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I brought this subject up a few years ago but am curious what folk's thoughts are. I also just had a thread about the quality and type of feed that is used for our fish and how much difference it makes.

I have hunted a number of south Texas ranches over my years. On many of them there were the common stock tanks - anywhere from 2-30 plus acres. These ponds were not managed. No feeders. No culling. No stocking of bait fish, etc. Just ponds that nobody paid attention to but still produced huge bass.

Some of the largest black bass I have ever caught were in these ponds.

Attached are a few pics of bass caught out of some of these ponds - I caught a legit 10lb bass our of one of these ponds plus had days where we pulled in 10 plus bass between 5 and 10 lbs on a regular basis.

So the question is ...... how does this happen in water that is totally left on its own?

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It's weird, ain't it? All the ponds I've ever fished (mostly up north), were unmanaged and produced great fishing. No feeding, aeration or anything. Under the right circumstances, you don't need all that "fancy" stuff, but it does expedite the process. Think about this: Most public waters aren't managed like private ponds are, and can produce great fishing. With the right food chain and "happy water" as Mr. Lusk says, you can have an unmanaged pond be successful. Is it common? Probably not. You can buy 100 lottery tickets and lose on all of them, and the next person can buy just 1 and win the jackpot. It sounds like those ponds you found hit the jackpot.


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I've caught five LMB over 9 lb, three over 10 lb. All were on private waters. My largest panfish, too. Public waters have been good at times, and I've caught LMB & walleye in 7 lb range there. Still, for lunkers I'd take private ponds, mostly due to reduced fishing pressure.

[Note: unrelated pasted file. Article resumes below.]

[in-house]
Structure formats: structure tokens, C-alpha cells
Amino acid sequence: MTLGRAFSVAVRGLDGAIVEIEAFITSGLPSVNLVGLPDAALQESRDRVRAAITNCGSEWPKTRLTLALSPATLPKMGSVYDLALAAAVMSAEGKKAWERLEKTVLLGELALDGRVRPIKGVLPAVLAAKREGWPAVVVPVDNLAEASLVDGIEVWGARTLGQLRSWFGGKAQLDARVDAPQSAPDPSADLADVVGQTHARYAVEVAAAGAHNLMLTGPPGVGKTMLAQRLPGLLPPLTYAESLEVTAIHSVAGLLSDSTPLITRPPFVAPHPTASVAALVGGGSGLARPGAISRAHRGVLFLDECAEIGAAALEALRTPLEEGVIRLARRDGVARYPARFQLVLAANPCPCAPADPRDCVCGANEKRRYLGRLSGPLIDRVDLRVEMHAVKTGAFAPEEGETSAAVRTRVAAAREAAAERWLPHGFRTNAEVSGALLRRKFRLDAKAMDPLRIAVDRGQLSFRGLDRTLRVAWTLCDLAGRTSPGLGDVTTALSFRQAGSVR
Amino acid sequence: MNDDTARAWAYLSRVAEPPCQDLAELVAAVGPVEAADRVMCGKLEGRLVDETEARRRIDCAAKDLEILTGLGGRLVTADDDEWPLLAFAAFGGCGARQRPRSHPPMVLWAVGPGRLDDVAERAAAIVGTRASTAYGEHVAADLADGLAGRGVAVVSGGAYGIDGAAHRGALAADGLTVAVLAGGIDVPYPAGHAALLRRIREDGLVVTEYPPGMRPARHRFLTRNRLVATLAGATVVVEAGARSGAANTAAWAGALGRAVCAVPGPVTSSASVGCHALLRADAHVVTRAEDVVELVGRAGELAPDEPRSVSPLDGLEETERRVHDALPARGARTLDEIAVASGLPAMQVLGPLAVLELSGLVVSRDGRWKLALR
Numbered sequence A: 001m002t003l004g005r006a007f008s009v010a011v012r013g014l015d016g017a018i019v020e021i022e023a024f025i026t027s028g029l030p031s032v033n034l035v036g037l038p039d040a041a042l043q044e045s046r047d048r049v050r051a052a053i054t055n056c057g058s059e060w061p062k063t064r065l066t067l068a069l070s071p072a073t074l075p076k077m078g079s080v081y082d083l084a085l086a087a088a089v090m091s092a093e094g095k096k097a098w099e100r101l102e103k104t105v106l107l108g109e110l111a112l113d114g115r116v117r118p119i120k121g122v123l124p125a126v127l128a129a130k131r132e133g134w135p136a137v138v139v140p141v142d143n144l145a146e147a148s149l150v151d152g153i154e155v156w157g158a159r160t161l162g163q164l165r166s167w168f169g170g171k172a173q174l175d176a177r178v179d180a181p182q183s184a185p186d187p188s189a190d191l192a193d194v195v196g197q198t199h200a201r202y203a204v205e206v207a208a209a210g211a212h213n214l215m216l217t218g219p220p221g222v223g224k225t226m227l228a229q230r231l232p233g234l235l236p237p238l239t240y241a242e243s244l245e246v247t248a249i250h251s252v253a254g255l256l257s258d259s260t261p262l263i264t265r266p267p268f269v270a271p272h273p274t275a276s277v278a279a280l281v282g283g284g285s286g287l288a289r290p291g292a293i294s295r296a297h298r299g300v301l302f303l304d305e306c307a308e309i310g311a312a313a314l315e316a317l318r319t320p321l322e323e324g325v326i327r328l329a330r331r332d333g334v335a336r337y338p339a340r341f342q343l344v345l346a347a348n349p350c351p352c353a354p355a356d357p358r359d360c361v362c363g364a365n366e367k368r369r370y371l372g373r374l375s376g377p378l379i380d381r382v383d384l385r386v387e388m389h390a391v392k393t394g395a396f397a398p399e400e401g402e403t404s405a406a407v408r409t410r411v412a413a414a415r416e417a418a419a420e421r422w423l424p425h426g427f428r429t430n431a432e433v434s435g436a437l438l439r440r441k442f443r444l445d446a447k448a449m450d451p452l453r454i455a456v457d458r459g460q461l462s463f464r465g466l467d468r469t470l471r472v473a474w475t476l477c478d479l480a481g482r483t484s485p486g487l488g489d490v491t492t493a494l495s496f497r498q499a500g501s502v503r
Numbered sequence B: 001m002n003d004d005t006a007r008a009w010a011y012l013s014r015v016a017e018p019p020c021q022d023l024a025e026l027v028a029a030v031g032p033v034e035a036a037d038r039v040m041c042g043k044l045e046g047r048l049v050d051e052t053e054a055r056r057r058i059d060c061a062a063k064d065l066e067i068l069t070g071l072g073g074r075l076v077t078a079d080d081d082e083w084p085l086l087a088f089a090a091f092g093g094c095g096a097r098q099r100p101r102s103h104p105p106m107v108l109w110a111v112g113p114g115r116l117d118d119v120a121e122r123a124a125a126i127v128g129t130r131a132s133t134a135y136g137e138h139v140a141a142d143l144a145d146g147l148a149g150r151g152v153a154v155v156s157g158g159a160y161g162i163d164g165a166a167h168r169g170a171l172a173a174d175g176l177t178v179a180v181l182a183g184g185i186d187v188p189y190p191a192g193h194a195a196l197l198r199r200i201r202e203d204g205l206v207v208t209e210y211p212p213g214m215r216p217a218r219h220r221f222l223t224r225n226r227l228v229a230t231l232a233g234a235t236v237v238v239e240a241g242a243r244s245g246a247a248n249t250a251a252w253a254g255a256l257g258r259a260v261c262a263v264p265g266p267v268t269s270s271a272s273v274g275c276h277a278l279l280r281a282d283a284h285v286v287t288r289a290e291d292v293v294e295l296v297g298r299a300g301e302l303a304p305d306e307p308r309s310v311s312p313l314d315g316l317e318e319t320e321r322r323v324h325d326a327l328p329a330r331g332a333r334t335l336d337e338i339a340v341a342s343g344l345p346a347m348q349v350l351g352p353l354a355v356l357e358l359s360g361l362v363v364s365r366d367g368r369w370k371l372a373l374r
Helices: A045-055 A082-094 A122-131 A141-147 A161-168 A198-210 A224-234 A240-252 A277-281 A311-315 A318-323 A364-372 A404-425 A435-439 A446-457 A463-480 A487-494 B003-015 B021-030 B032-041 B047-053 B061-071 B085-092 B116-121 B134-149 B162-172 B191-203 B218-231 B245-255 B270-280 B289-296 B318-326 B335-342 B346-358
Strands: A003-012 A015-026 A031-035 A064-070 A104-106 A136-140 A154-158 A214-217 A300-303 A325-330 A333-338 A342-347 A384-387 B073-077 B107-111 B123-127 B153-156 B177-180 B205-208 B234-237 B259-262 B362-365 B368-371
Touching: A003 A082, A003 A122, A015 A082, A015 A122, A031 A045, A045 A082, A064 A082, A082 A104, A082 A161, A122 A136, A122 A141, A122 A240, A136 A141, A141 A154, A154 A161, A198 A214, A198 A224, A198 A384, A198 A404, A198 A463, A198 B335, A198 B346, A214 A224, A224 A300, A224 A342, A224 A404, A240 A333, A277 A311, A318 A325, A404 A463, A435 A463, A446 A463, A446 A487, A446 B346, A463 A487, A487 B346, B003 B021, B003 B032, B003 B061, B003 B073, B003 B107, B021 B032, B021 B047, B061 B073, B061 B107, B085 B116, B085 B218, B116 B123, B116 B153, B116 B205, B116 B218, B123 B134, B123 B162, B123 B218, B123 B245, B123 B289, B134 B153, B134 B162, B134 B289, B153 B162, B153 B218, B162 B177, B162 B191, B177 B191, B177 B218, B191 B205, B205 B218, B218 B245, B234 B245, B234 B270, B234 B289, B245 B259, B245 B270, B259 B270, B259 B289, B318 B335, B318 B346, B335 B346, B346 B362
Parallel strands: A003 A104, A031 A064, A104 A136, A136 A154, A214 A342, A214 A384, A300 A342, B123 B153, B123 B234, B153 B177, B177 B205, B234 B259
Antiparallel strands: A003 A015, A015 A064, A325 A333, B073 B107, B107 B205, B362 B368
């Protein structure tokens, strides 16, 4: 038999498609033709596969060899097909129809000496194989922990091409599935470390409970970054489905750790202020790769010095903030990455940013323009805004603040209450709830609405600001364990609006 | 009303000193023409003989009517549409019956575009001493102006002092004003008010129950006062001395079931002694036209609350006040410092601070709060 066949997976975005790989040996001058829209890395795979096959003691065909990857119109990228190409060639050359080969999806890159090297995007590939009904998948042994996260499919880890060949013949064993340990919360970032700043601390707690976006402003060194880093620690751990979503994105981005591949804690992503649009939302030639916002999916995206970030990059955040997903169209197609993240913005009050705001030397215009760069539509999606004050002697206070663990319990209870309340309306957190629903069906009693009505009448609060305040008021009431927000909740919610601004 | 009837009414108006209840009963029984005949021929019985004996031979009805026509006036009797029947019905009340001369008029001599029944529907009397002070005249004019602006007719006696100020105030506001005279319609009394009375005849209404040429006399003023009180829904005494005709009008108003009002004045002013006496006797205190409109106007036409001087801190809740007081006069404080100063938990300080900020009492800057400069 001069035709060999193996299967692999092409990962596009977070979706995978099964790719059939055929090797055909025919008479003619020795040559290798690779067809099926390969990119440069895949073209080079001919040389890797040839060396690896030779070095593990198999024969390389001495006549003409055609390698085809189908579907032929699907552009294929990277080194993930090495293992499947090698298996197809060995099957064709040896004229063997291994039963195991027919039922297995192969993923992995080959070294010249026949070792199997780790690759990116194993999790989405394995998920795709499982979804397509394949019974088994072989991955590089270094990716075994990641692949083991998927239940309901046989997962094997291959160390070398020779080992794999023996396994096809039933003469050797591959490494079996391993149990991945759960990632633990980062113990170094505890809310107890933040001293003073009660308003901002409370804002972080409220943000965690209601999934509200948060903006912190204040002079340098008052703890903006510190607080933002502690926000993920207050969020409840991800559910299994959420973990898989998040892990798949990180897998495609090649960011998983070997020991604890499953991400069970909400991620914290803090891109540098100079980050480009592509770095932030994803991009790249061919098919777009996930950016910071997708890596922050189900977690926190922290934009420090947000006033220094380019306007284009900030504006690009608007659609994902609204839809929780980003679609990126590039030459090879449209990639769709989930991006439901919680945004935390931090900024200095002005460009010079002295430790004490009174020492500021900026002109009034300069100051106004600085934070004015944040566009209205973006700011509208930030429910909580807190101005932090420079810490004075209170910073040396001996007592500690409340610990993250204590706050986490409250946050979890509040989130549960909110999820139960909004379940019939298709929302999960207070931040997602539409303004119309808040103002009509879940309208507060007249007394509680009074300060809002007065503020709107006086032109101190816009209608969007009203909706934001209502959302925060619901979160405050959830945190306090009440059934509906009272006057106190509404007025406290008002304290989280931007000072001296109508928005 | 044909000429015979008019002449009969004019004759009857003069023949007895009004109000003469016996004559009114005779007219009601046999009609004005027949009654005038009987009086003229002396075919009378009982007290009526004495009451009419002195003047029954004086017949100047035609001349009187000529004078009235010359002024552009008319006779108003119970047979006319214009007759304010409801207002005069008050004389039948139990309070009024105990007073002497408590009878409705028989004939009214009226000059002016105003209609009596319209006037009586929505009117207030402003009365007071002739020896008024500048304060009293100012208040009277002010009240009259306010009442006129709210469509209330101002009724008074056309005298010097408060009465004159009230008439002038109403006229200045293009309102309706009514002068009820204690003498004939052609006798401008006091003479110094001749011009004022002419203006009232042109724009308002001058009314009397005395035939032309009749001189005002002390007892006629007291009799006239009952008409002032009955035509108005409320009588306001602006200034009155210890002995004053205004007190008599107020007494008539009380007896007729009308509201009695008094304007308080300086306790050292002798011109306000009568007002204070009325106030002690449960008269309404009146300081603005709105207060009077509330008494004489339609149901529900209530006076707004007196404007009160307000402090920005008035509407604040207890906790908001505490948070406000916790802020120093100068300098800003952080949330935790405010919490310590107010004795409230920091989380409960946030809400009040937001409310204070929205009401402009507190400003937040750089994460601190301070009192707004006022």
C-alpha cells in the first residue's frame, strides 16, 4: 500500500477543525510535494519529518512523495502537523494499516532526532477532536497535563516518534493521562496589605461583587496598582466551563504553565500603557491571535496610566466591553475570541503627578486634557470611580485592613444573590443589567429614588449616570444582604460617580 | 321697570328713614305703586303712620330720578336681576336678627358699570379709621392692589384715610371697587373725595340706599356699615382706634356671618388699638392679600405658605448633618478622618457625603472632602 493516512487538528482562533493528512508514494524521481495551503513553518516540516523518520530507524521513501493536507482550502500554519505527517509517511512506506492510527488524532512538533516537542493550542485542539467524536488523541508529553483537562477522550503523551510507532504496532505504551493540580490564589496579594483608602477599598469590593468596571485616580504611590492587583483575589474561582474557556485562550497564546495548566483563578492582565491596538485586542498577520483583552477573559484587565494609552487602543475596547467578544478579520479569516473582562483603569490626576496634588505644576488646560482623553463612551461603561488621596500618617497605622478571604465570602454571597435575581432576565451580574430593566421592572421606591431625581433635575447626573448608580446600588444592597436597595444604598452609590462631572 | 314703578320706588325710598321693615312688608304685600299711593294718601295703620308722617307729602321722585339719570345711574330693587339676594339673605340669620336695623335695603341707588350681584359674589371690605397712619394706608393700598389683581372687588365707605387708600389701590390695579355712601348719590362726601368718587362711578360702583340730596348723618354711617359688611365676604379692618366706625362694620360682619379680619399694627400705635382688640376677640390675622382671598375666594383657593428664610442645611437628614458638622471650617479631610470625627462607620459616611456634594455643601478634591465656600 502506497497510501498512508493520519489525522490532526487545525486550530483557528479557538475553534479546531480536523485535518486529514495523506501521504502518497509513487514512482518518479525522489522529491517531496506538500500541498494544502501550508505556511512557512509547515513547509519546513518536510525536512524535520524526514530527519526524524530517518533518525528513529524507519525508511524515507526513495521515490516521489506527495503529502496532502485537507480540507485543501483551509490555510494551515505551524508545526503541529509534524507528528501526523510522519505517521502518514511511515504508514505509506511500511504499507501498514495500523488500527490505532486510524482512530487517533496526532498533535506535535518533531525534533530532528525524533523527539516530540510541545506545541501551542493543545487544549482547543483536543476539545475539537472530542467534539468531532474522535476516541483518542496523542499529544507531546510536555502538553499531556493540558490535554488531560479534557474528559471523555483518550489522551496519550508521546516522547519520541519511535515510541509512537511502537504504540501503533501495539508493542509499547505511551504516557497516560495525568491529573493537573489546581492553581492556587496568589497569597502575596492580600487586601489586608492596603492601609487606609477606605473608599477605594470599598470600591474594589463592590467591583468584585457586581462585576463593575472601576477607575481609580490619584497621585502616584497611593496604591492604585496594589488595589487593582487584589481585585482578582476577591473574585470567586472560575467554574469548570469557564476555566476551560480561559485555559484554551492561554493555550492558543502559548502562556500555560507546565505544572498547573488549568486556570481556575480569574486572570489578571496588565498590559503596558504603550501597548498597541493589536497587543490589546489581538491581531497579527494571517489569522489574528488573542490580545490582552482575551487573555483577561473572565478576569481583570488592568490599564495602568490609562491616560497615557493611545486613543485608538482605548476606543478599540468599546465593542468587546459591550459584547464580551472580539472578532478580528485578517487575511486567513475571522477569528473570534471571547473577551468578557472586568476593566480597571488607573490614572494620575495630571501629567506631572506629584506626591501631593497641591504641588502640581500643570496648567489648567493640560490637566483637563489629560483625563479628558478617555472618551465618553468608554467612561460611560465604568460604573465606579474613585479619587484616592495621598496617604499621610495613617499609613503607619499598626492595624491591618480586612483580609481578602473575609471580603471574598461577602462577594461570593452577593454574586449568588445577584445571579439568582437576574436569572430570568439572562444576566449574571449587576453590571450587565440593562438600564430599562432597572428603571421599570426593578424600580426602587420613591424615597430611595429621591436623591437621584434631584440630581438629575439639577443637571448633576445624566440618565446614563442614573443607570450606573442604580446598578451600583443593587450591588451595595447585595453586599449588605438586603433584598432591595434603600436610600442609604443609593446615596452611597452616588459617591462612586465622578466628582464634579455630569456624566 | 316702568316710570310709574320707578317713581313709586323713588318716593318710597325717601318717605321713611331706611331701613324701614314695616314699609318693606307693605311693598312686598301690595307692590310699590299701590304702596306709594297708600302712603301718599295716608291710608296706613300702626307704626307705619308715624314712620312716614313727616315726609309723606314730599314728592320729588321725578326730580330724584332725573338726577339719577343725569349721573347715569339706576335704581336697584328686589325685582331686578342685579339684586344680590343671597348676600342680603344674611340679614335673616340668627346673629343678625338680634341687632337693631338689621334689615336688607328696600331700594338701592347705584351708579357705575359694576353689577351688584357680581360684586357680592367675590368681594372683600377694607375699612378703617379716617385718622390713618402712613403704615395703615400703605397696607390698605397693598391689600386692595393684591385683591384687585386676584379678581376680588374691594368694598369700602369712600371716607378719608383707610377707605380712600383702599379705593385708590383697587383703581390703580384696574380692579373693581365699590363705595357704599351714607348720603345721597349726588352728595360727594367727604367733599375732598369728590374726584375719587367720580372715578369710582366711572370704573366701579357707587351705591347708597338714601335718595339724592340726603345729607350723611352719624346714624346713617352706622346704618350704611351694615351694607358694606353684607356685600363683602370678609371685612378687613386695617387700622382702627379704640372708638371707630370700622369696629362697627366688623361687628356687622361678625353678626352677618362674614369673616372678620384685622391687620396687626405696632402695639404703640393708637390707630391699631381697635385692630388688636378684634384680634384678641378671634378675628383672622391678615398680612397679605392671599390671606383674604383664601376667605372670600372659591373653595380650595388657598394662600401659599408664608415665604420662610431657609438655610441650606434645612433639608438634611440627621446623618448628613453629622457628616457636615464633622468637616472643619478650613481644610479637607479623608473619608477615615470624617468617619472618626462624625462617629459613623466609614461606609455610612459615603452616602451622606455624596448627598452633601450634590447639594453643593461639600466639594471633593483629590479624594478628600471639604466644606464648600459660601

However, you're right that several of the best private waters were not actively managed much, or at all. Some places are naturally fertile & have a great food chain. On the other hand, my current BOW is deep & infertile. Without liming, fertilizing, feeding, and harvesting, it would be a subpar fishery.

If I remember correctly, Bob Lusk has stated that south Texas ponds are exceptional fisheries even without management. Wish my place were like that!

Last edited by anthropic; 06/07/21 10:07 PM.

8ac, full 3/16. CNBG, RES, FHM 10/15; TP 5/16; FLMB 6/16. 100 12" NLMB & 1k GSH 10/17,L, 150# TP & 70 HSB 5/18. 1k PK 11/18. 100# TP 4/19, 200# RBT 12/19, 10k TFS 3/20, 100#TP 5/20, 25 HSB & 250 F1 9/20,L,180# RBT 12/20, 206, 7k TFS,100#TP 5/21, 225



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Yes I seem to remember Bob talking about how fertile South Texas ponds are just like the land is for growing big deer- I have discussed with a number of South Texas ranch owners to consider feeding, culling. etc. and their answer was always "why?" - I never had a good response LOL

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I'd be green with envy except that nowadays south Texans have to deal with border issues that I'd rather avoid. eek

Last edited by anthropic; 06/07/21 08:14 PM.

8ac, full 3/16. CNBG, RES, FHM 10/15; TP 5/16; FLMB 6/16. 100 12" NLMB & 1k GSH 10/17,L, 150# TP & 70 HSB 5/18. 1k PK 11/18. 100# TP 4/19, 200# RBT 12/19, 10k TFS 3/20, 100#TP 5/20, 25 HSB & 250 F1 9/20,L,180# RBT 12/20, 206, 7k TFS,100#TP 5/21, 225



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Yes I stopped hunting down there after this past season - we were near Eagle Pass for 13 years and I had never seen anything close to what went on this past season - they were walking into our camp at night while we were sitting around the fire and demanding food and water. The Border Patrol told us many of them were armed and carrying drugs - the threw a tire through one of mobile home windows and broke in - totally out of control and dangerous for sure